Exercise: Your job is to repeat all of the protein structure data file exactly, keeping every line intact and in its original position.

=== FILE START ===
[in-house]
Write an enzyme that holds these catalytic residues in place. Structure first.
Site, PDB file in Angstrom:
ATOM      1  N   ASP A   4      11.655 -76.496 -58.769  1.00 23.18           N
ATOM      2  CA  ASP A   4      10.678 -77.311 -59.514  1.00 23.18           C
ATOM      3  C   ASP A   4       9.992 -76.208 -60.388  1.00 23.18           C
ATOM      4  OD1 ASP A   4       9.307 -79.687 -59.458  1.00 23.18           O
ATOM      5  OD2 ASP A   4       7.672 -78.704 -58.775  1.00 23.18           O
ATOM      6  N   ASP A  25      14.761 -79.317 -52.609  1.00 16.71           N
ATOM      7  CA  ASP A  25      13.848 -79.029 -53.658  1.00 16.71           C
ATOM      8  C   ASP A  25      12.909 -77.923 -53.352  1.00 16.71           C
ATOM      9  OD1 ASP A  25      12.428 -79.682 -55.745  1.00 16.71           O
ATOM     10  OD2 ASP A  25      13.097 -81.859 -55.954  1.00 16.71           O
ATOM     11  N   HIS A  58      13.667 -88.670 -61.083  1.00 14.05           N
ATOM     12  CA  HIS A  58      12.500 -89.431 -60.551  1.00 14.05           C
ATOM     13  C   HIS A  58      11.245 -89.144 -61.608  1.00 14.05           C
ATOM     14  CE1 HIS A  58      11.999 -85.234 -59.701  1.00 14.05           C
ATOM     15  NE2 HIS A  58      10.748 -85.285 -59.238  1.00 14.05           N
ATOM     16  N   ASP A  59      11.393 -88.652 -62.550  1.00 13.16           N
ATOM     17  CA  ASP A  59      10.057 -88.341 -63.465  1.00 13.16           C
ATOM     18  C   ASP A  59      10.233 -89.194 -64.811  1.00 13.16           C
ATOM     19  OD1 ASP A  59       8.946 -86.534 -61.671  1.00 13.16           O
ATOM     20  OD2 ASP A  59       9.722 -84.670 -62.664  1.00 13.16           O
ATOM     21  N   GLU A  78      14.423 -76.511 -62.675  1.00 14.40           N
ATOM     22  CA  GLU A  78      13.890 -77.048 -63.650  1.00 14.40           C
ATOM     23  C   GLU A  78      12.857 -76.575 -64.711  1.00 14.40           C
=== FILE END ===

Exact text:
[in-house]
Write an enzyme that holds these catalytic residues in place. Structure first.
Site, PDB file in Angstrom:
ATOM      1  N   ASP A   4      11.655 -76.496 -58.769  1.00 23.18           N
ATOM      2  CA  ASP A   4      10.678 -77.311 -59.514  1.00 23.18           C
ATOM      3  C   ASP A   4       9.992 -76.208 -60.388  1.00 23.18           C
ATOM      4  OD1 ASP A   4       9.307 -79.687 -59.458  1.00 23.18           O
ATOM      5  OD2 ASP A   4       7.672 -78.704 -58.775  1.00 23.18           O
ATOM      6  N   ASP A  25      14.761 -79.317 -52.609  1.00 16.71           N
ATOM      7  CA  ASP A  25      13.848 -79.029 -53.658  1.00 16.71           C
ATOM      8  C   ASP A  25      12.909 -77.923 -53.352  1.00 16.71           C
ATOM      9  OD1 ASP A  25      12.428 -79.682 -55.745  1.00 16.71           O
ATOM     10  OD2 ASP A  25      13.097 -81.859 -55.954  1.00 16.71           O
ATOM     11  N   HIS A  58      13.667 -88.670 -61.083  1.00 14.05           N
ATOM     12  CA  HIS A  58      12.500 -89.431 -60.551  1.00 14.05           C
ATOM     13  C   HIS A  58      11.245 -89.144 -61.608  1.00 14.05           C
ATOM     14  CE1 HIS A  58      11.999 -85.234 -59.701  1.00 14.05           C
ATOM     15  NE2 HIS A  58      10.748 -85.285 -59.238  1.00 14.05           N
ATOM     16  N   ASP A  59      11.393 -88.652 -62.550  1.00 13.16           N
ATOM     17  CA  ASP A  59      10.057 -88.341 -63.465  1.00 13.16           C
ATOM     18  C   ASP A  59      10.233 -89.194 -64.811  1.00 13.16           C
ATOM     19  OD1 ASP A  59       8.946 -86.534 -61.671  1.00 13.16           O
ATOM     20  OD2 ASP A  59       9.722 -84.670 -62.664  1.00 13.16           O
ATOM     21  N   GLU A  78      14.423 -76.511 -62.675  1.00 14.40           N
ATOM     22  CA  GLU A  78      13.890 -77.048 -63.650  1.00 14.40           C
ATOM     23  C   GLU A  78      12.857 -76.575 -64.711  1.00 14.40           C